In the early days, Rails developers preferred fixtures and seed data. As apps grew, fixtures and seed data went out of vogue in favor of Factories. Factories can have their own problems, but at this point are widely considered superior to a large fixture/seed data setup. This blog post discusses some background consideration.

Below are some examples for how to create a test suite using Factories (with FactoryGirl). As discussed above, you can copy all of the Spree Factories from the Spree core, or you can write your own Factories.

We recommend a fully integration suite covering your checkout. You can also write integration tests for the Admin area, but many people put less attention into this because it is not user-facing. As with the unit tests, the most important thing to test is the modifications you make that make your Spree store different from the default Spree install.

Testing as Someone Logged In

If you’re using spree_auth_devise, your app already comes with the Warden gem, which can be used to log-in a user through your test suite

~~~ let(:user) { FactoryGirl.create(:user) } before(:each) do login_as(user, :scope => :spree_user) end


This lets your Spree app behave as if this user is logged in.


#### Testing as Someone Not Logged In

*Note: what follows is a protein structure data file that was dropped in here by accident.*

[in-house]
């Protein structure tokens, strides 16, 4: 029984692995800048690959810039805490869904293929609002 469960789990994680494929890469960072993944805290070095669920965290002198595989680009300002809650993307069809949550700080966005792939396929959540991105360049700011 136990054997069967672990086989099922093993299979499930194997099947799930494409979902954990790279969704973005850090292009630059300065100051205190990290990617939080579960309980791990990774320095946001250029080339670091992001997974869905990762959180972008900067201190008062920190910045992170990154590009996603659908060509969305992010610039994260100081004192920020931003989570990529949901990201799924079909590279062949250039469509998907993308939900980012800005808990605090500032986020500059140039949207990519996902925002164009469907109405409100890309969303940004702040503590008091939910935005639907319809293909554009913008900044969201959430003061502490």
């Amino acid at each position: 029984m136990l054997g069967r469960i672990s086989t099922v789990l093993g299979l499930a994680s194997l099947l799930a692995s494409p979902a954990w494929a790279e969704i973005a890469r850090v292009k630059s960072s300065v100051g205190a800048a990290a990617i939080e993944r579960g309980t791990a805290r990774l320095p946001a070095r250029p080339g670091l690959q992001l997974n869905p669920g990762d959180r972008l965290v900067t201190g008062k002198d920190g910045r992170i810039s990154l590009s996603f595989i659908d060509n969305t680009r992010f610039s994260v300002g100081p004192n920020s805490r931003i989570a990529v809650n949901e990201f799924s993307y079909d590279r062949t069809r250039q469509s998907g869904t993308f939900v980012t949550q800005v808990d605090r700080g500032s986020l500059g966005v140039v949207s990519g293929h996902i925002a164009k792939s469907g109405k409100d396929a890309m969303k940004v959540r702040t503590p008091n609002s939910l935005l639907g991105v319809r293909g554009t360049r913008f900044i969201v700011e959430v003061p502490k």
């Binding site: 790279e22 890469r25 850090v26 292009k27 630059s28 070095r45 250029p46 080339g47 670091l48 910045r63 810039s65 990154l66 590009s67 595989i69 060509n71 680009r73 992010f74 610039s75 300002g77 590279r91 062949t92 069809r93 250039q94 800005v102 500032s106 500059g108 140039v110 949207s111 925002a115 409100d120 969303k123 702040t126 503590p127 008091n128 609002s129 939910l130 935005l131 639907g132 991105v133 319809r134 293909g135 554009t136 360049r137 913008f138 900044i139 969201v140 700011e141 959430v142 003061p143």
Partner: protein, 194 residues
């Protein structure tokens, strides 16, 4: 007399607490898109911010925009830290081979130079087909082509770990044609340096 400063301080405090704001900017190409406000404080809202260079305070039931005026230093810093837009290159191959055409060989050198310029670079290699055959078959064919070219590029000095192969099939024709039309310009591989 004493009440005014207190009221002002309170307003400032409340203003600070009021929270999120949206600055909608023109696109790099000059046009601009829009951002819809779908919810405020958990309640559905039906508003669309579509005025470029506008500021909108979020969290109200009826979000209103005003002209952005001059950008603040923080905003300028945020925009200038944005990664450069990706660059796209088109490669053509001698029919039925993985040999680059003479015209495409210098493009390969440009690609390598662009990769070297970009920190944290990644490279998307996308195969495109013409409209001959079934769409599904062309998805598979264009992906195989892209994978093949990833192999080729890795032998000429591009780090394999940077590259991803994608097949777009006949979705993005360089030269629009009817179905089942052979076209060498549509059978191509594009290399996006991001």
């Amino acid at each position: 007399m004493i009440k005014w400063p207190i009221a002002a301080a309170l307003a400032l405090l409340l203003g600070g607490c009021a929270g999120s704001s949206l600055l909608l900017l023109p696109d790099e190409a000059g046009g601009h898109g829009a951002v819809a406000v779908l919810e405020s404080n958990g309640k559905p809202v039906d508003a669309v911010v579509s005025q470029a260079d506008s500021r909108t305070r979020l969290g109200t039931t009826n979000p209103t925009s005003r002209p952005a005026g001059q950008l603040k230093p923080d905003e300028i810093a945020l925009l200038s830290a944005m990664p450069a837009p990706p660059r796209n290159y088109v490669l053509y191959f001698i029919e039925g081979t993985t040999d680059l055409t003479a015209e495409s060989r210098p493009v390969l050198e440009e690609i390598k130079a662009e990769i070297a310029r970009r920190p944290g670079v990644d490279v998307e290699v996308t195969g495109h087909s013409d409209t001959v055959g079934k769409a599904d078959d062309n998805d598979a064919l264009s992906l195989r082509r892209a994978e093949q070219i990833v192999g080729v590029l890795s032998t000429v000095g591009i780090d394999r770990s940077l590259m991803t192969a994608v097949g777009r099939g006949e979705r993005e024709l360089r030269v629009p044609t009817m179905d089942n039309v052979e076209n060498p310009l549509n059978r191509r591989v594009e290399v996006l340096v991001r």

For Spree 2.2 and prior, Spree keeps track of the order for a logged out user using a session variable. Here's an example that may work for you in Spree 2.2 and earlier:

~~~ let (:order) { FactoryGirl.create(:order) }
before(:each) do
  page.set_rack_session(:order_id => order.id)
  page.set_rack_session(:access_token => order.token)
end

In Spree 2.3, a signed cookie is used to keep track of the guest user’s cart. In the example below, we make two stubs onto objects in Spree to fake-out the guest token (in this text example, we simply set it to ‘xyz’). In the example, presume that the order factory will have a lineitem in it for an associated product called “Some Product”:

~~~ describe “cart to registration page”, :type => :feature do let(:order) { FactoryGirl.create(:order, :guest_token => “xyz”) } # user should be nil for logged out user

describe “as someone not logged in” do before(:each) do order SecureRandom.stub!(:urlsafe_base64) .with(any_args) .and_return(“xyz”)

  Spree::OrdersController.any_instance
                  .stub(:cookies)
                  .and_return(mock(:cookies, :signed => {:guest_token => "xyz"}))
end

it "should let me load the shopping cart page" do
  visit '/cart'
  page.status_code.should eq(200)
  expect(page).to have_content 'Some Product'
end end

<p>**************** TODO ****************</p>TODO: We still are looking for a way to set a signed cookie on a RackTest driver. If you get that working, you can remove the stub on the Spree::OrdersController in the code example above.

Thomas Walpole thinks code like this might work, but we have yet to get this working correctly: 
~~~ kg = ActiveSupport::KeyGenerator.new(Rails.application.secrets.secret_key_base, iterations:1000)
guest_token_cookie_value_to_set = ActiveSupport::MessageVerifier.new(kg.generate_key("signed cookie"), digest: 'SHA1', serializer: ActiveSupport::MessageEncryptor::NullSerializer).generate("\"#{guest_token}\"")